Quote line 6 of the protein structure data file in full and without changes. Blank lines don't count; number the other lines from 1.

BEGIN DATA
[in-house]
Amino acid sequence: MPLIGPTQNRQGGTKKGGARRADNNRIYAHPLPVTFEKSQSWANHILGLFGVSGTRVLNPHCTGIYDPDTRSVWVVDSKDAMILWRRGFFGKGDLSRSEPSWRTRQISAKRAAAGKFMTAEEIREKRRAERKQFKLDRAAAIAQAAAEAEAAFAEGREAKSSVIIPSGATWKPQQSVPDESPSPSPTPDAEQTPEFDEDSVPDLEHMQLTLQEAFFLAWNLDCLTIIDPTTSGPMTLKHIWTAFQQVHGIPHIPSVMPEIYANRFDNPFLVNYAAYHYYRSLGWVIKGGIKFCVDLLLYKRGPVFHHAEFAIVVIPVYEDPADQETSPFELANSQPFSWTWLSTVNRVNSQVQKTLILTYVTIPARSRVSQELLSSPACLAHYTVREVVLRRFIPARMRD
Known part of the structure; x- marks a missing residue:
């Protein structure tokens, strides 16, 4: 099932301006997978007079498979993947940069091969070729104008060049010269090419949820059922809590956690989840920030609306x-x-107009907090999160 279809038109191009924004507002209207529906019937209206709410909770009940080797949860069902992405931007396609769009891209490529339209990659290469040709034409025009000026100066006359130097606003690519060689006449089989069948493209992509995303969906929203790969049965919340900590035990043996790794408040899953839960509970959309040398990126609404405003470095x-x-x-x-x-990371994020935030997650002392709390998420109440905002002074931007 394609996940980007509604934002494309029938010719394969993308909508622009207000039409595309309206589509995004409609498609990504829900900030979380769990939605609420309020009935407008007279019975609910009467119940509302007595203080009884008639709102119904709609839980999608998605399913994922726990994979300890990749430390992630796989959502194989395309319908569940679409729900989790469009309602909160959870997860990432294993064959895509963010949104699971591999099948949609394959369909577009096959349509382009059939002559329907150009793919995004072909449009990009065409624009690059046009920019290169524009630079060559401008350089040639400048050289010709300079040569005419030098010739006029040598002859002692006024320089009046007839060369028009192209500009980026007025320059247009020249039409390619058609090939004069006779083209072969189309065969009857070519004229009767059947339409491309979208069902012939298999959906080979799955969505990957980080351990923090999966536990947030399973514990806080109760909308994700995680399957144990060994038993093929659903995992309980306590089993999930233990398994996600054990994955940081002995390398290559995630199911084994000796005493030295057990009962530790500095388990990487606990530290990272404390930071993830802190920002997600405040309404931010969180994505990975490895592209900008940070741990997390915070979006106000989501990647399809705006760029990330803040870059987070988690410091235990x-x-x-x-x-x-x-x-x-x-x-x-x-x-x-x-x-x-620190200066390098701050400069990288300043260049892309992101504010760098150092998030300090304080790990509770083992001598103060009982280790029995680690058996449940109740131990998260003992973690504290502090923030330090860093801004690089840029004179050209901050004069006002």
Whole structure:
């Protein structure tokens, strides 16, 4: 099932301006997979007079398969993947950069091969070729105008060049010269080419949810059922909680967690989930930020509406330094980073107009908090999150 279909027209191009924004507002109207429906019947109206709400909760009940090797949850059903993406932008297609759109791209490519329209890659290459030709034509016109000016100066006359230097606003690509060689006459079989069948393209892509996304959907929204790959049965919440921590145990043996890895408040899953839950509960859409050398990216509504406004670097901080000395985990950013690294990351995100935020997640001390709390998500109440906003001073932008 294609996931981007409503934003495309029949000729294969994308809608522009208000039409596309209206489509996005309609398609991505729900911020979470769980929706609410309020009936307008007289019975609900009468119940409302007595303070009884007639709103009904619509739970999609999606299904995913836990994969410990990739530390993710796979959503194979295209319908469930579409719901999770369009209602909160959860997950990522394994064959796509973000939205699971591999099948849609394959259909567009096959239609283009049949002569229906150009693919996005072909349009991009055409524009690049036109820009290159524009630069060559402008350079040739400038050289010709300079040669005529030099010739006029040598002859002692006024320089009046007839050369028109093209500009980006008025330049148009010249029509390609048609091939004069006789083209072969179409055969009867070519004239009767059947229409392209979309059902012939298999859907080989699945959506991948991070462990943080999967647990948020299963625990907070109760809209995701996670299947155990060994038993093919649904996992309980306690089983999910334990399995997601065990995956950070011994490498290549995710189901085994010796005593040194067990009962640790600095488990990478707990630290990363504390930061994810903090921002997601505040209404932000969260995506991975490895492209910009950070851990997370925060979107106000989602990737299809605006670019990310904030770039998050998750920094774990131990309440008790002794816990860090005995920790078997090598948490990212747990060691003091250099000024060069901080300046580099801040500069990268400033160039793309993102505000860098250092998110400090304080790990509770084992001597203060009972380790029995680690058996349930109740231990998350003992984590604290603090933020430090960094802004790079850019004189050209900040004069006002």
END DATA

């Protein structure tokens, strides 16, 4: 099932301006997979007079398969993947950069091969070729105008060049010269080419949810059922909680967690989930930020509406330094980073107009908090999150 279909027209191009924004507002109207429906019947109206709400909760009940090797949850059903993406932008297609759109791209490519329209890659290459030709034509016109000016100066006359230097606003690509060689006459079989069948393209892509996304959907929204790959049965919440921590145990043996890895408040899953839950509960859409050398990216509504406004670097901080000395985990950013690294990351995100935020997640001390709390998500109440906003001073932008 294609996931981007409503934003495309029949000729294969994308809608522009208000039409596309209206489509996005309609398609991505729900911020979470769980929706609410309020009936307008007289019975609900009468119940409302007595303070009884007639709103009904619509739970999609999606299904995913836990994969410990990739530390993710796979959503194979295209319908469930579409719901999770369009209602909160959860997950990522394994064959796509973000939205699971591999099948849609394959259909567009096959239609283009049949002569229906150009693919996005072909349009991009055409524009690049036109820009290159524009630069060559402008350079040739400038050289010709300079040669005529030099010739006029040598002859002692006024320089009046007839050369028109093209500009980006008025330049148009010249029509390609048609091939004069006789083209072969179409055969009867070519004239009767059947229409392209979309059902012939298999859907080989699945959506991948991070462990943080999967647990948020299963625990907070109760809209995701996670299947155990060994038993093919649904996992309980306690089983999910334990399995997601065990995956950070011994490498290549995710189901085994010796005593040194067990009962640790600095488990990478707990630290990363504390930061994810903090921002997601505040209404932000969260995506991975490895492209910009950070851990997370925060979107106000989602990737299809605006670019990310904030770039998050998750920094774990131990309440008790002794816990860090005995920790078997090598948490990212747990060691003091250099000024060069901080300046580099801040500069990268400033160039793309993102505000860098250092998110400090304080790990509770084992001597203060009972380790029995680690058996349930109740231990998350003992984590604290603090933020430090960094802004790079850019004189050209900040004069006002």